Generally, however, the following types of data are protected by the GDPR:
- Basic information such as names, addresses, and telephone numbers
- Web data such as IP addresses and cookie data
- Data on one’s race or ethnicity
- Data on one’s sexual orientation
- Biometric data (e.g. fingerprints, typing cadence, etc.)
Which companies does the GDPR apply to?
Under the GDPR, organizations and businesses that retrieve personal data from customers from Europe or the European Economic Area (EEA) are legally obligated to keep their customers’ data secure.
If you’re wondering if the GDPR affects your rental business in the United States, the answer is yes. Any company, whether or not they are located in the EU, must comply with the GDPR. As long as your website collects and processes data from residents of the EU, you need to meet the GDPR’s conditions.
How can you comply with the GDPR?
When processing personal information from clients from the EU and the EEA, your website must meet these conditions to be considered compliant:
- What type of data will be collected?
- Why will the data be collected?
- Where will the data be stored?
- How will the data be processed?
- Who has access to the data?
If you’ve hired a property management company, you can ask their property managers for the exact information that your tenants will have to provide.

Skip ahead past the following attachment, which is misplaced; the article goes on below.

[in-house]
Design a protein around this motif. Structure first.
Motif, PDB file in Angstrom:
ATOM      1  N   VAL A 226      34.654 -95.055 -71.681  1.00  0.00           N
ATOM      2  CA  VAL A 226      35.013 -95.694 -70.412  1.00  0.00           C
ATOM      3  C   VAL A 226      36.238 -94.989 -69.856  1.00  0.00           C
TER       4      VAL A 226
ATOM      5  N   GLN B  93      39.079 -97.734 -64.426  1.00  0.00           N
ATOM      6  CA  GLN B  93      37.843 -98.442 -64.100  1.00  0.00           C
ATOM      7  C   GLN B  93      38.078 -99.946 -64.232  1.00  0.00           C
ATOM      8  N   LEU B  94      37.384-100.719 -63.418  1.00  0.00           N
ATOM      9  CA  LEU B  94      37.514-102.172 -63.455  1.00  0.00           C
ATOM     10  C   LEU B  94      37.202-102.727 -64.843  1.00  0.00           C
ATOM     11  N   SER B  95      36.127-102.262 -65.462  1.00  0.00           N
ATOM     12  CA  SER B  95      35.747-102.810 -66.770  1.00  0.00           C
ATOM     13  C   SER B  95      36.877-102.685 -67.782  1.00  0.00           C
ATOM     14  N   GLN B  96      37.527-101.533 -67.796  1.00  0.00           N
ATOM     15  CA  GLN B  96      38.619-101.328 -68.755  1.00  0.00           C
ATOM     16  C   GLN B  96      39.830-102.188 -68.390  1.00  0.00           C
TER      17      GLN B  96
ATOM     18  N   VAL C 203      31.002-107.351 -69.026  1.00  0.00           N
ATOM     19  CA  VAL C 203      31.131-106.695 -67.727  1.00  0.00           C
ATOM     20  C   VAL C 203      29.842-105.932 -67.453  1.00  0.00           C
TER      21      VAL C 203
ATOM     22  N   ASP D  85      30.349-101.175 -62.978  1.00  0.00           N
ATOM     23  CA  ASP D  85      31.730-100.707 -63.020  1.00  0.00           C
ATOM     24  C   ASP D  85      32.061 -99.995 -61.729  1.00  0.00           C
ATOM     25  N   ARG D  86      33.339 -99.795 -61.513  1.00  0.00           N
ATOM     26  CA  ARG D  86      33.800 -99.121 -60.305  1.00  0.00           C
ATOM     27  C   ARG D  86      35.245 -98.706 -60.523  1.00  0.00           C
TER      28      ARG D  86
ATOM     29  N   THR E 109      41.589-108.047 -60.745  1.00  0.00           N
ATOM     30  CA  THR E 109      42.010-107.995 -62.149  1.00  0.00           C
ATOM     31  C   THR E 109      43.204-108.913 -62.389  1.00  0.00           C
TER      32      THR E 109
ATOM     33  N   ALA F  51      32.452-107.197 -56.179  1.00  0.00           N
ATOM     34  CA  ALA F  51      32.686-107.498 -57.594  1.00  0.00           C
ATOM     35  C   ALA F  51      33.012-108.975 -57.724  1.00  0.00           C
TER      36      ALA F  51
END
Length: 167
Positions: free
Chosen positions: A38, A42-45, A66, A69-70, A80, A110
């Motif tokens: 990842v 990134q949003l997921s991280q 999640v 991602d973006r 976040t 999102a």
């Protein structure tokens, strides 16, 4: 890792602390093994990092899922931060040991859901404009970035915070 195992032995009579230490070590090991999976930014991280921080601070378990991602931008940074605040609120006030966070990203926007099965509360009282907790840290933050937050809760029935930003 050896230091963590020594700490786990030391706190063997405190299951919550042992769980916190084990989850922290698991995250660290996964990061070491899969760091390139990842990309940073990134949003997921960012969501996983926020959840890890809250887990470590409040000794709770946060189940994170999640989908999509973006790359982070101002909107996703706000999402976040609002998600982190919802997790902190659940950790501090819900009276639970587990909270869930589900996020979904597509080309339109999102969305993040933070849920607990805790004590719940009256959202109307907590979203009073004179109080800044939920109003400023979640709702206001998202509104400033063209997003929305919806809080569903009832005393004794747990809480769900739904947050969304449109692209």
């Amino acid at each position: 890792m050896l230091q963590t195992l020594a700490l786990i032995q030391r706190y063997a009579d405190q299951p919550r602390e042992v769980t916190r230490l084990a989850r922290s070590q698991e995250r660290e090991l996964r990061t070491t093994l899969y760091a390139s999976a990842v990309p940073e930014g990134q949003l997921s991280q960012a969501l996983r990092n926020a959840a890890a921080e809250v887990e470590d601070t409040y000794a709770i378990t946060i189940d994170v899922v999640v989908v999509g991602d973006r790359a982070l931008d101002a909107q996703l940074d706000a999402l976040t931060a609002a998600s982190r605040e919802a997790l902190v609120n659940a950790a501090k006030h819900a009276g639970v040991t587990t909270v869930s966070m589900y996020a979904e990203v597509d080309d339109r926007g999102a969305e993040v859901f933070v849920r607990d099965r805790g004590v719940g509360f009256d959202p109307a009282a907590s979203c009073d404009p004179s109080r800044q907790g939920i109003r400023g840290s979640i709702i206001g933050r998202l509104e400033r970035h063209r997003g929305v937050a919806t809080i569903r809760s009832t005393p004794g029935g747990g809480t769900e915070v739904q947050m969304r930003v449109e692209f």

#2 Secure the data
Aside from identifying the type of data that you’ll be collecting, you should also create policies regarding how the data will be used and disposed of. If you’re self-managing consider conducting training sessions for your staff. This will enable them to understand when they can legally retrieve and release the sensitive tenant data. Additionally, make sure that your team knows what to do in the event of a data breach.
#3 Give control to your tenants
Your tenants, or your “data subjects”, should have complete control over their data. They should be able to:
- Retrieve their data from you
- Retrieve a copy of their data in digital file formats such as CSV
- Correct or update their data
- Request that you wipe their data
- Opt-out of your data collection
Before retrieving data from your tenants, you should always obtain their clear consent. Make sure that the tenant understands why you need their data. Consider looking into consent management platforms (CMPs) if you’re retrieving tenant data through a website.
Data protection is not just something that protects your rental business’s valuable files. It is a legal obligation that can be tricky to navigate. If you fail to protect your tenant’s data, you might permanently damage your reputation, lose significant revenue, and face long-drawn-out lawsuits should your tenant find themselves a victim of identity theft.
Since it’s a complicated matter, you should consider hiring a property management firm that complies with data protection regulations. At Luxury Property Care, our property managers are well-aware of how important it is to safeguard your tenant’s data. By partnering with us, you can benefit from having 24/7 security and contingency plans should there be a data breach.